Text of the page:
There is an unprecedented change in the dynamics of French parties - Macron's party, which practically emerged with him, has remained merely an echo of its leader and could not survive without him. And now the leader at the Élysée Palace is dragging down the party. "The more he talks, the more he loses percentage points (in polls)," said an adviser to a parliamentarian from the Renaissance Party.

Macron's Problems

While it is common in France for the president to lose popularity, Macron carries a burden that he has created himself.

He has been accused of mishandling a series of crises, some of which were created by his own government. Last year's protests against pension reform, when hundreds of thousands took to the streets to oppose raising the retirement age, did not faze him at all. He effectively ignored those voices, using a constitutional trick to pass the law without going through Parliament.

Additionally, Macron is widely perceived as a president more for the wealthy than a man from the French people meant to lead them. Before entering politics, he was an investment banker, and some of his tax reduction policies have fueled the opinion that he is primarily concerned with helping billionaires like Bernard Arnault, the head of LVMH, the world's largest luxury goods company and one of the richest people on the planet.


He also has an issue with his manner of address - sometimes, his eloquence works against him, making him appear didactic, professorial, superior.

Macron's Plan

Despite the fears within his party, Macron has campaign plans for the early elections. According to the French press, he aims to flood the media with three appearances per week. "I'm going into battle to win," he declared to Le Figaro on Monday.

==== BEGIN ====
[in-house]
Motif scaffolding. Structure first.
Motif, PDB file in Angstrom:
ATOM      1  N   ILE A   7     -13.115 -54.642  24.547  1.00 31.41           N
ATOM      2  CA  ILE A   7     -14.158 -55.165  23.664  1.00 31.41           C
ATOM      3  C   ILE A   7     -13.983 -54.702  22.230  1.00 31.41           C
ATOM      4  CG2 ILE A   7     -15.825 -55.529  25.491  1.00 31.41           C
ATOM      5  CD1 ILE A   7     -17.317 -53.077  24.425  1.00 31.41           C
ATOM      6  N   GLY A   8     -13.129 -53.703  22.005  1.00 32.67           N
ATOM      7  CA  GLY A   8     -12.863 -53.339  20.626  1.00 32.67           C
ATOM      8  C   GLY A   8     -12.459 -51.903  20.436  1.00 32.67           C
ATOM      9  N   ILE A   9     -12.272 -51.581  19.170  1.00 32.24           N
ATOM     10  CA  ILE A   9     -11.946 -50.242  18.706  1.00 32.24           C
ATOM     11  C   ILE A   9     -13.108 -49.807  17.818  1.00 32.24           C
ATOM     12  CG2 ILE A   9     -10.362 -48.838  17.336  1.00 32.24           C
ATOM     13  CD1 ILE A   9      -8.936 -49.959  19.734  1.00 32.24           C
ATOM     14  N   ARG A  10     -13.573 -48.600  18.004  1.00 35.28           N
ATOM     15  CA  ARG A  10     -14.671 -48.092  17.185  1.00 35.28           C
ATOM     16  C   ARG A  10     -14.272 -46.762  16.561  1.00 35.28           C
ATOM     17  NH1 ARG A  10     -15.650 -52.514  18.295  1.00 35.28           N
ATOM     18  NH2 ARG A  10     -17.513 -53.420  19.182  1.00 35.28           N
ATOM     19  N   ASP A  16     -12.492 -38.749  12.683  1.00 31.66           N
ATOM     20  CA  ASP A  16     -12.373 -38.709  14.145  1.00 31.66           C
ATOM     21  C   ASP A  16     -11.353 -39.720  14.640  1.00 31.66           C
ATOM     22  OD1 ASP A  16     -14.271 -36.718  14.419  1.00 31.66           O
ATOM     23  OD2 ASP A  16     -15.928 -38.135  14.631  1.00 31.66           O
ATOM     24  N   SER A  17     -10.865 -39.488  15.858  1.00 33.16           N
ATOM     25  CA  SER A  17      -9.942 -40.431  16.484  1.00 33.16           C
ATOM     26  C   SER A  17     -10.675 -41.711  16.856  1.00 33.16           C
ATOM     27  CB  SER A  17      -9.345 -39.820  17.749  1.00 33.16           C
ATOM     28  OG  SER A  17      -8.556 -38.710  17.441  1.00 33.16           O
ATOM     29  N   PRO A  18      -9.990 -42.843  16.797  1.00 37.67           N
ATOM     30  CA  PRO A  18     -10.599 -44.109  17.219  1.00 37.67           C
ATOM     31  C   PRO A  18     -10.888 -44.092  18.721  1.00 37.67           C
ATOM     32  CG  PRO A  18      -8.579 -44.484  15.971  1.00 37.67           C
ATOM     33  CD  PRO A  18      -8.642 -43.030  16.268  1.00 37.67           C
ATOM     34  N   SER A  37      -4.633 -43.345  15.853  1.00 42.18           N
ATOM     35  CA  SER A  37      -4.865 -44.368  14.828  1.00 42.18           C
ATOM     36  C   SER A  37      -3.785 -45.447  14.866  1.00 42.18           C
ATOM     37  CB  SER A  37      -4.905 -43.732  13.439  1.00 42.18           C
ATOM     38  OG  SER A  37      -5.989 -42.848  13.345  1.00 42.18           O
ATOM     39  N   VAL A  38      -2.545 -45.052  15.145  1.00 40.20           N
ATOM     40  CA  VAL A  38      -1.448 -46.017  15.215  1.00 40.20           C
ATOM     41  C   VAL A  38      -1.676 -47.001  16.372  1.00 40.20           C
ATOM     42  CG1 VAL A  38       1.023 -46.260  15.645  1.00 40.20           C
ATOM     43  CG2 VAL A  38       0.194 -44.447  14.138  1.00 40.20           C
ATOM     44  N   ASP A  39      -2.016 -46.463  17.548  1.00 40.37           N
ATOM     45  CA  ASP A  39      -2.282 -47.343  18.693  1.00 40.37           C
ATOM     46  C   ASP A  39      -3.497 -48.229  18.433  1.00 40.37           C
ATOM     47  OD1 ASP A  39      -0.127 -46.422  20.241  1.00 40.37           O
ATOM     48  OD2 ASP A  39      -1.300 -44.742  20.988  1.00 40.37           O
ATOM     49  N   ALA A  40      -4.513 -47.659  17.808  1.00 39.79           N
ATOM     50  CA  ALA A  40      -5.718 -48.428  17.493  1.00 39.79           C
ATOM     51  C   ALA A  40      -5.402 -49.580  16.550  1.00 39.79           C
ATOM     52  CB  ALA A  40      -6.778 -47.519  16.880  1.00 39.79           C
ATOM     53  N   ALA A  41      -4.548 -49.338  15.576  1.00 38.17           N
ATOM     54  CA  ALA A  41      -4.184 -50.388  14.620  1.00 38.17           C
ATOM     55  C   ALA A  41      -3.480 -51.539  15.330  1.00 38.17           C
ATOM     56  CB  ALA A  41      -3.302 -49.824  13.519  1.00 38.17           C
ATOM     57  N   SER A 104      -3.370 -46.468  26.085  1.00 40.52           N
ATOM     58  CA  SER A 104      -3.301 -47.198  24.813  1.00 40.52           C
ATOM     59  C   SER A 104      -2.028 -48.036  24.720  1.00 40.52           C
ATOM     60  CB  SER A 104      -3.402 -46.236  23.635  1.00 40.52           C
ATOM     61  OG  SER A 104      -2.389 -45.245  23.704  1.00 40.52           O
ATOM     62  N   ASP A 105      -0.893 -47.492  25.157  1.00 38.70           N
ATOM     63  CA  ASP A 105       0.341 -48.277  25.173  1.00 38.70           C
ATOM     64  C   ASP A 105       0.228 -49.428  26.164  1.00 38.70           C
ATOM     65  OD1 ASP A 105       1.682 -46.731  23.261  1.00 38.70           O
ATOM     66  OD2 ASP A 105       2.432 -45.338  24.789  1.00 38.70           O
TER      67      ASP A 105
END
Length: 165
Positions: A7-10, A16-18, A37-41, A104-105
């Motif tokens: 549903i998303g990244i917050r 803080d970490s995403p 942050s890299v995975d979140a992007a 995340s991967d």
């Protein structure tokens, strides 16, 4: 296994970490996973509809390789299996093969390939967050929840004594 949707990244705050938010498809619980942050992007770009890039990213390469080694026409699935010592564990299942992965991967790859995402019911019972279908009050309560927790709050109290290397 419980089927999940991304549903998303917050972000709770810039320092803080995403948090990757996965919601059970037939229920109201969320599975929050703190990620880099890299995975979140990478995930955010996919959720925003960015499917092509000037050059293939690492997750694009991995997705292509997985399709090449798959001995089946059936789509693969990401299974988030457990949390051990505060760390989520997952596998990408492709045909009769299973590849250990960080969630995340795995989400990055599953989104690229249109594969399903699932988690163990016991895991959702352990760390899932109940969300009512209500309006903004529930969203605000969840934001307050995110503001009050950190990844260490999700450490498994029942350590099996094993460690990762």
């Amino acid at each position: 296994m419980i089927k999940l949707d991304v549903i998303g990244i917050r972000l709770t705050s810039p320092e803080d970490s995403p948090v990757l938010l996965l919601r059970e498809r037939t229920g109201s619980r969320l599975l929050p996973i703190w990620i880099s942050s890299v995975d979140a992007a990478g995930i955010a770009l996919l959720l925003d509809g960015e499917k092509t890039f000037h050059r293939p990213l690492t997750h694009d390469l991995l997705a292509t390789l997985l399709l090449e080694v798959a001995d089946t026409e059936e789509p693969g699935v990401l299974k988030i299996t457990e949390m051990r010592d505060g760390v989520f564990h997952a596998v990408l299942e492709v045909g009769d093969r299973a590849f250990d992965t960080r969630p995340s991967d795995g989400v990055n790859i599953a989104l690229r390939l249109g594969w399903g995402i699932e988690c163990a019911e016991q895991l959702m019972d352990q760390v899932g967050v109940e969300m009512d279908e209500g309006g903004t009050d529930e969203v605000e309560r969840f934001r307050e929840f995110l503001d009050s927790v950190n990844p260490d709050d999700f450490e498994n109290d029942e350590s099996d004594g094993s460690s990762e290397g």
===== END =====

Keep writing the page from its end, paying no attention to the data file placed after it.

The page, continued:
Throughout his political career, Macron has often taken risks, whether facing hostility or making announcements that were not fully thought out. His rise to power, from a mere economic advisor to the presidency of France, is also a story of luck and well-played stakes.

However, Macron has already suffered two consecutive defeats - in the 2022 parliamentary elections and on Sunday. And now he risks facing a third.

What Happens If Macron Loses

The French president has decided to play the "all or nothing" card. If he wins, he will achieve what he set out to do, defeat the far right. But if he loses, it will be a disaster that will be difficult to manage.

For the first time, the National Rally party will become the main political force, and Macron's coalition would end up alongside the left bloc. Dozens of parliamentarians from his party would lose their mandates.

A party advisor summed up this scenario in simpler terms: "We'll be thrown off the bus because of his mistake."

Scholz's Coalition on the Verge of Breaking

While the French president has called for early elections, the German chancellor has categorically rejected this option. However, if Olaf Scholz believed he could avoid being held accountable after his party humiliatingly landed in third place, losing to the far-right Alternative for Germany (AfD), he is likely mistaken.

Scholz says that early elections are not on the table, but that probably doesn't depend on him, notes Politico.

Despite efforts by his camp to shield him, it cannot be denied that the result of Sunday's elections - which showed that only 31% of Germans supported one of the three parties in the German coalition amidst record voter turnout - was a fiasco.

After just two and a half years into his term, Scholz's conflict-ridden government has reached a breaking point. Due to internal strife and, in the view of most critics, incompetence, Scholz has led the most unpopular government in modern German history, with over two-thirds of Germans expressing dissatisfaction with the coalition.

Scholz's approval rating has also hit a record low, with over 70% of Germans dissatisfied with his performance.